In a chiastic structure, the story is very symmetrical. This is expressed with the letter “a” at the beginning connecting to the “a’” at the end and so on. Let me show you the chiastic structure of this portion of Ezra as I learned from The Literary Structure of the Old Testament by David A. Dorsey.
a. Ezra 3:1-6 The Israelites give offerings to God and celebrate a holy feast
b. Ezra 3:7-13 The Israelites begin building the Temple and the foundation is completed
c. Ezra 4:1-24 Opposition comes from peoples of the land through letters from the King
d. Ezra 5:1-2 The people obey God’s prophets and begin building again
c’. Ezra 5:3-6:12 Blessing comes from peoples of the land through letters from the king
b’. Ezra 6:13-15 The Israelites finish the project and the Temple is completed
a’. Ezra 6:16-22 The Israelites give offerings to God and celebrate a holy feast
Isn’t that cool? Notice how the a’s connect and the b’s connect and the c’s connect. The last two pieces are parts of the story that we’ll be covering next week. But do you see the overall structure? It’s very easy to see what is at the center of this portion of the story isn’t it? The part that we are supposed to focus on is the middle, where everything changes.
Everything is going well for the Israelites and then they hit a bump in the road and life comes to a halt. What changes everything? When God commands the people to rebuild, they take a step of faith in spite of the opposition and they obey God. As a result, the sovereign God turns their obstacle into a blessing and the temple is finished and the people celebrate. The focus is on the step of faith and obedience that led to God’s sovereign provision.
Here is what we learn about God. Because God is sovereign, He can overcome any obstacle thrown at His people. With God, there is hope no matter how big the obstacle seems! But God doesn’t always just fix everything. Sometimes He waits for His people to take the initial step of faith and act of obedience before He overturns the obstacles and provides for us.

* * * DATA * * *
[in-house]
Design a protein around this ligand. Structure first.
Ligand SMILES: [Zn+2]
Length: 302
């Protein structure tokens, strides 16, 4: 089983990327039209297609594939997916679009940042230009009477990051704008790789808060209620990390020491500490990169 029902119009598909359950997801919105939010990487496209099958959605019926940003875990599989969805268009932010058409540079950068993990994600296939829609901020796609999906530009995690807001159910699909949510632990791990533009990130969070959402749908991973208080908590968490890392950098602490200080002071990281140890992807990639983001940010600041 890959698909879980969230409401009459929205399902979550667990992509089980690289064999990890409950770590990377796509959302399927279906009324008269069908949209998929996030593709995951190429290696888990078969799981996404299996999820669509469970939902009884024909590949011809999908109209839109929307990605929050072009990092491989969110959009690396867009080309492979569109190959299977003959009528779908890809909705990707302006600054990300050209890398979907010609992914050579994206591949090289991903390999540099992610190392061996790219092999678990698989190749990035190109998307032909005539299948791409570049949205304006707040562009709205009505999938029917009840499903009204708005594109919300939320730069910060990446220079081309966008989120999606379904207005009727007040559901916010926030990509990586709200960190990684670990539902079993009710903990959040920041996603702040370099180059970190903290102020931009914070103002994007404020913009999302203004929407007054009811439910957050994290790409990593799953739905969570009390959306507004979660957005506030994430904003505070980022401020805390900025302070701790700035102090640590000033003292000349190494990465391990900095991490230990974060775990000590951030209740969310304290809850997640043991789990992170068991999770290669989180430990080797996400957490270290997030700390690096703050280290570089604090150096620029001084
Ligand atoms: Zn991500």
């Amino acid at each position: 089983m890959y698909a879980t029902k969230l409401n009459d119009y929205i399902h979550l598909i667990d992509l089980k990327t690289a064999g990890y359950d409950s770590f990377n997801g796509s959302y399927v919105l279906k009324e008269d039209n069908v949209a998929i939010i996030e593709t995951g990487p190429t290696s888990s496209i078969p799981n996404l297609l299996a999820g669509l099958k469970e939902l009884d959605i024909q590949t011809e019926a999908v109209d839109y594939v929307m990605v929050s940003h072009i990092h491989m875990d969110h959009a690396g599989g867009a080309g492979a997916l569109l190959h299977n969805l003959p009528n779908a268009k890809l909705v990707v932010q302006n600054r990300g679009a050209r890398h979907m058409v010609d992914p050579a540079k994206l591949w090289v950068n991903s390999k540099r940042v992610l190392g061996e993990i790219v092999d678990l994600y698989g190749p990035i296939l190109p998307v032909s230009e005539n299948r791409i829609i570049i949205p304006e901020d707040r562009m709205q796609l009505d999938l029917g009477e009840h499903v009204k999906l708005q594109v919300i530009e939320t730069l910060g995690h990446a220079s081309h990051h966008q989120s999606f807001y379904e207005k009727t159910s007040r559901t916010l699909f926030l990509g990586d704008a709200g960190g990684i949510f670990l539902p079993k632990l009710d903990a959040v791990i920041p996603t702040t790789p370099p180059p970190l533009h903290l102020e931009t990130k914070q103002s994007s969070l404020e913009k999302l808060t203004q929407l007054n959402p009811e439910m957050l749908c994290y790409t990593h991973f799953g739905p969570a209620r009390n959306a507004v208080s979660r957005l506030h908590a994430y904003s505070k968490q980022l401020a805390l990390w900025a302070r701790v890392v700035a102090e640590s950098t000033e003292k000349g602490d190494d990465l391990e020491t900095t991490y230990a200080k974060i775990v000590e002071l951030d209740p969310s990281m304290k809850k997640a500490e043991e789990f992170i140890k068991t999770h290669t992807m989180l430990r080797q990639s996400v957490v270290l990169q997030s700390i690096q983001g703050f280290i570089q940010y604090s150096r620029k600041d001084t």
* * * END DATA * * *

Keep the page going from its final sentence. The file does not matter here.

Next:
What things has God called you to do? All of us Christians are called to certain things like sharing the gospel, loving our enemies, and honoring our parents and spouses. But God also calls individuals to specific tasks. God has called me to be a pastor. God has called my friend Omar to lead worship. What things has God called you to do for Him?
They don’t always show up at first, but there are usually obstacles that get in the way of anything worth doing. It’s usually no different with the things God calls us to. When God called me to be a pastor, one obstacle I faced was my fear of telling my family. At time, I thought it was hopeless and that my family would never support my decision to go into ministry. When I first told my family I was going to be a pastor, I did get some opposition. But I was surprised that when I stuck to my guns, my mother and father both supported me and even helped me pay my way through Moody.
What are the obstacles between you and the things God is calling you to do? Learn the lesson from this portion of Ezra. The sovereign God is bigger than your obstacles. Not only can He overcome them, but He can turn them into blessing. But sometimes, God is waiting for you to take the first step or two of faith in obeying Him before He works His wonders.
· Identify two specific things God is calling you to do.
o Identify two obstacles or fears that are stopping you from obeying God.
§ Identify a step of faith and obedience for each and go do them this week!
· Read Ezra 6:13-22
o What finally happens?
o What is the overall mood of the passage?
§ In the NIV and ESV, there is a word in various forms repeated three times that shows this mood. What is it?
o Who is responsible for this mood?
o What did this person do to provide this mood?
· Drop a line in the comments to discuss what you’ve learned in Ezra this week.